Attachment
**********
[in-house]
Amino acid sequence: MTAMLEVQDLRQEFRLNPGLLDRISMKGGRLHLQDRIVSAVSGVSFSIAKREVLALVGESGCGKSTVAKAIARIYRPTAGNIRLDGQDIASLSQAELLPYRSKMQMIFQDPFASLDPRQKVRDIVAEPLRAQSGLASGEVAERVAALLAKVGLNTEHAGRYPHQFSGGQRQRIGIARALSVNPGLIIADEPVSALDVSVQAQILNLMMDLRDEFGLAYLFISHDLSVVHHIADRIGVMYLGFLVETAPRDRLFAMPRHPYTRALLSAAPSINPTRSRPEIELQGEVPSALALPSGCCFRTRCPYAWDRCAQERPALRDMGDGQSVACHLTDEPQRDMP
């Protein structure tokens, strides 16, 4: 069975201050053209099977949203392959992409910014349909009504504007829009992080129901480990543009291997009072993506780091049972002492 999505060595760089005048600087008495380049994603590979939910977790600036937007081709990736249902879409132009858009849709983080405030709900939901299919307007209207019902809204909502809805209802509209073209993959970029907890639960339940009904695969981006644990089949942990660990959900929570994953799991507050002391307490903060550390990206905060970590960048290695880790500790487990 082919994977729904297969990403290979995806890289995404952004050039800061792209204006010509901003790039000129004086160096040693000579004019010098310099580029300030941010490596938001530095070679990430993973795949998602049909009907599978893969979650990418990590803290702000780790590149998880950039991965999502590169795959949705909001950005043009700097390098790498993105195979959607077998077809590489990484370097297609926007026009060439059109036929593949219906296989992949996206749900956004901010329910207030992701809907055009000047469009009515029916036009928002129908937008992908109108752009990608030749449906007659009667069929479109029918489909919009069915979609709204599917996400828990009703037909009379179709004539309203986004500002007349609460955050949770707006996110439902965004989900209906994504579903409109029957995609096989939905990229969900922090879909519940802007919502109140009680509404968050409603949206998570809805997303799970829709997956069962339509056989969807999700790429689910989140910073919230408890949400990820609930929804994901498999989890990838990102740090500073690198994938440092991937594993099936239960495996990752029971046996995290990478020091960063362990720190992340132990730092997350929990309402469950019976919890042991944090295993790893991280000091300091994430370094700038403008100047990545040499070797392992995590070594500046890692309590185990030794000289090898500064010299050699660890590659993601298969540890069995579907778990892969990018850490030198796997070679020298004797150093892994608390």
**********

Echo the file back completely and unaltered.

[in-house]
Amino acid sequence: MTAMLEVQDLRQEFRLNPGLLDRISMKGGRLHLQDRIVSAVSGVSFSIAKREVLALVGESGCGKSTVAKAIARIYRPTAGNIRLDGQDIASLSQAELLPYRSKMQMIFQDPFASLDPRQKVRDIVAEPLRAQSGLASGEVAERVAALLAKVGLNTEHAGRYPHQFSGGQRQRIGIARALSVNPGLIIADEPVSALDVSVQAQILNLMMDLRDEFGLAYLFISHDLSVVHHIADRIGVMYLGFLVETAPRDRLFAMPRHPYTRALLSAAPSINPTRSRPEIELQGEVPSALALPSGCCFRTRCPYAWDRCAQERPALRDMGDGQSVACHLTDEPQRDMP
């Protein structure tokens, strides 16, 4: 069975201050053209099977949203392959992409910014349909009504504007829009992080129901480990543009291997009072993506780091049972002492 999505060595760089005048600087008495380049994603590979939910977790600036937007081709990736249902879409132009858009849709983080405030709900939901299919307007209207019902809204909502809805209802509209073209993959970029907890639960339940009904695969981006644990089949942990660990959900929570994953799991507050002391307490903060550390990206905060970590960048290695880790500790487990 082919994977729904297969990403290979995806890289995404952004050039800061792209204006010509901003790039000129004086160096040693000579004019010098310099580029300030941010490596938001530095070679990430993973795949998602049909009907599978893969979650990418990590803290702000780790590149998880950039991965999502590169795959949705909001950005043009700097390098790498993105195979959607077998077809590489990484370097297609926007026009060439059109036929593949219906296989992949996206749900956004901010329910207030992701809907055009000047469009009515029916036009928002129908937008992908109108752009990608030749449906007659009667069929479109029918489909919009069915979609709204599917996400828990009703037909009379179709004539309203986004500002007349609460955050949770707006996110439902965004989900209906994504579903409109029957995609096989939905990229969900922090879909519940802007919502109140009680509404968050409603949206998570809805997303799970829709997956069962339509056989969807999700790429689910989140910073919230408890949400990820609930929804994901498999989890990838990102740090500073690198994938440092991937594993099936239960495996990752029971046996995290990478020091960063362990720190992340132990730092997350929990309402469950019976919890042991944090295993790893991280000091300091994430370094700038403008100047990545040499070797392992995590070594500046890692309590185990030794000289090898500064010299050699660890590659993601298969540890069995579907778990892969990018850490030198796997070679020298004797150093892994608390």